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Performance Sequence Diagram

The purpose of the performance sequence diagram plug-in is to provide you with a means to assess the performance of your processes. This plug-in can especially be of help if you want to know what behavior in your processes is common, what behavior is rare and what behavior may result in extreme situations (e.g. instances with extremely high throughput times). What is more, it can assist you in finding the causes of such behavior.

In the logs of today's information systems, a lot of information is recorded. This plug-in will focus on information that is stored on the audit trail entry level of the logs. In an audit trail entry, information about one event is recorded.

Common information stored at the audit trail entry level includes:

  • TaskID: Name of the task involved in the event.
  • Event type: Type of the event, e.g. schedule, start, complete.
  • Timestamp: Timestamp at which the event took place.
  • Originator: Name of the originator involved in the event.

Though one could also think of other information that may be stored here, such as:

  • Department: Name of the department at which the event was handled.
  • Part: Name of the part of the case that is currently being handled. For instance, suppose the process under consideration is the production line of a car. A case is then the production of one car. Parts currently handled may be: doors, wheels, windows etc.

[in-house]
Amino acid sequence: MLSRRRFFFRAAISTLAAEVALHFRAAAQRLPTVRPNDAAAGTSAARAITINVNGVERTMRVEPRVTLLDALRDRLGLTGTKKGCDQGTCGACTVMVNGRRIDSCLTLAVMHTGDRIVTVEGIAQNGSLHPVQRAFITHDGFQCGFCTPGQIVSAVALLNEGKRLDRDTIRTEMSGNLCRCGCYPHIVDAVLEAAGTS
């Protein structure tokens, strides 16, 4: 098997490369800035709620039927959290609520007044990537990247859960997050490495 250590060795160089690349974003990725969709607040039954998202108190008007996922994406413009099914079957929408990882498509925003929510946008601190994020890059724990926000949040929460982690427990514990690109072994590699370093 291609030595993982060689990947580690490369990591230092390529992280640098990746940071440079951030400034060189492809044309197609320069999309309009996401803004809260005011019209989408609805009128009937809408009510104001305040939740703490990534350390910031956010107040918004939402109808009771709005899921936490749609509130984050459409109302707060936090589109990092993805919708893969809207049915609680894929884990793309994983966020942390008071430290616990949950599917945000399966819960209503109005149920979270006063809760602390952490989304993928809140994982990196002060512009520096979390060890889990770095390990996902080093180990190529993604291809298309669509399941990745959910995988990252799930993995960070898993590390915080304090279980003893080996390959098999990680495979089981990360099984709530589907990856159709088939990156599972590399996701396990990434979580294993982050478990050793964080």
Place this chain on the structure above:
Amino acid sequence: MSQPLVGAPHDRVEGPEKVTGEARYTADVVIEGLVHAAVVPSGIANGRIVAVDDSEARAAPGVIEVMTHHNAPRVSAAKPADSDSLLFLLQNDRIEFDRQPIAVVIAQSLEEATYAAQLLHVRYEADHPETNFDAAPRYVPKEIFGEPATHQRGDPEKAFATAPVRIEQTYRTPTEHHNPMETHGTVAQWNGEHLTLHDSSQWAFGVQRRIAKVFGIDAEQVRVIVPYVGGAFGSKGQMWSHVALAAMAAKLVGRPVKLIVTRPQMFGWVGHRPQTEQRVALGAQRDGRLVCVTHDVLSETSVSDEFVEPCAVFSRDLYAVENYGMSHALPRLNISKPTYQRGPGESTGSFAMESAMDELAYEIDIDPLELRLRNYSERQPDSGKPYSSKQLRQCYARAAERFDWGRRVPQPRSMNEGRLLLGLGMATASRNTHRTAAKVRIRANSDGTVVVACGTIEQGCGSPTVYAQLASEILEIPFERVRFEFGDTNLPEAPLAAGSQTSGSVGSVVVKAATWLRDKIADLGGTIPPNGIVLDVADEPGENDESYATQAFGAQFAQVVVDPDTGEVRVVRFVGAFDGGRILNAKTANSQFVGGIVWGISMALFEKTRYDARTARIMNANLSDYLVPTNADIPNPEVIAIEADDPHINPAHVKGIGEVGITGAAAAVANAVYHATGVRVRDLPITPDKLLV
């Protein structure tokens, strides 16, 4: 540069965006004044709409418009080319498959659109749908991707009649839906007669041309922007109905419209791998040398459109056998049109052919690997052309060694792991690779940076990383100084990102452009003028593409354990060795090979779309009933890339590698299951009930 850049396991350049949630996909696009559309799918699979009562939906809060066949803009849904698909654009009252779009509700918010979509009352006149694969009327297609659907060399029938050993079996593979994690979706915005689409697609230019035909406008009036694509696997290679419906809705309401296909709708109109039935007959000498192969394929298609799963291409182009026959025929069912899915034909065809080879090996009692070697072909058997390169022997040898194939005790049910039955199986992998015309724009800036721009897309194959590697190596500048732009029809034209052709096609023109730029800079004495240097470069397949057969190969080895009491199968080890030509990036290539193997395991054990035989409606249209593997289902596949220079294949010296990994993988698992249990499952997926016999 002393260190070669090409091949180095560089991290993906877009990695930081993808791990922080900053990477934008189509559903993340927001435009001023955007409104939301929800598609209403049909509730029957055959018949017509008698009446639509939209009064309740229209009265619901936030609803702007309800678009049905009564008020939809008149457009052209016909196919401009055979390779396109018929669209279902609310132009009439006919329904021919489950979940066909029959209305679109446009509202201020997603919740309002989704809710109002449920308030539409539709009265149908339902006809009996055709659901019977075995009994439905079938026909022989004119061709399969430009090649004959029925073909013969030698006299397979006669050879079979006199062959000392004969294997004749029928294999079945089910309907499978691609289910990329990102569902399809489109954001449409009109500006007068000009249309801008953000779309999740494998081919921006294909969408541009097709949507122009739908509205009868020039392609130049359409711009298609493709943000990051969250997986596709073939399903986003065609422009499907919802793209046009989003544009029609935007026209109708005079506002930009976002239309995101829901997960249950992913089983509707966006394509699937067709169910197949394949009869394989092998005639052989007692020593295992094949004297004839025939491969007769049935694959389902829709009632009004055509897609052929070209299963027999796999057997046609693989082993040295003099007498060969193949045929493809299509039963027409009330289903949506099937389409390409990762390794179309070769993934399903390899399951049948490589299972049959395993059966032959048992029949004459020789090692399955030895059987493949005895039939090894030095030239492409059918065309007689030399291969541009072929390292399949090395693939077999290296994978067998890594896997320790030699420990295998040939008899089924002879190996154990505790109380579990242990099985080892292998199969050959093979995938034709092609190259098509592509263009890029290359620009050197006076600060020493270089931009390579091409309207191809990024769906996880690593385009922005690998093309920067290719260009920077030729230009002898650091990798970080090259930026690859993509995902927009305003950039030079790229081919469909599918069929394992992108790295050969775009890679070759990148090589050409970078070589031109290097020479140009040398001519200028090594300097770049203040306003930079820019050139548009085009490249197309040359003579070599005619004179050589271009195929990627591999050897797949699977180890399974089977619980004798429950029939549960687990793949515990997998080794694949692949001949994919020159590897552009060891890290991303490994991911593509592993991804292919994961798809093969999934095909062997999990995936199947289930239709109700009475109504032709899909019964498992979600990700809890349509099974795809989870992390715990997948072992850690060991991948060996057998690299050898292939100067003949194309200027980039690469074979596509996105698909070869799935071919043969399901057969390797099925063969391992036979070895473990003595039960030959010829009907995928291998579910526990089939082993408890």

• Country: Name of the country in which the event took place.

This plug-in allows you to focus on a certain data-element (such as taskID, originator, department) and see how transfer of work between instances of the selected data-element (for instance in case of originator this can be Nick or John) takes place for each case. The transfer of work is displayed in a sequence diagram, in which you can easily see which data-elements cooperate. What is more, this plug-in takes the sequences that visualize the transfer of work, and compares them against each other to see if they follow the same pattern. The found patterns are then displayed in a separate diagram: the pattern diagram. Here the patterns are displayed, sorted based on the frequency of sequences that follow the pattern (the pattern with the highest frequency if displayed at the top). Furthermore, information such as the mean throughput time of the patterns is available as well here. Using this information, you can easily determine which patterns appear often, and thus seem to be common behavior, which not (rare, maybe even unwanted, behavior) and which patterns result in a high throughput time, and thus may indicate unwanted behavior. With help of the patterns, you may be able to understand the causes of this unwanted behavior (a lot of time spend at a certain data-element instance perhaps). This can help you with preventing the behavior from appearing in the future.

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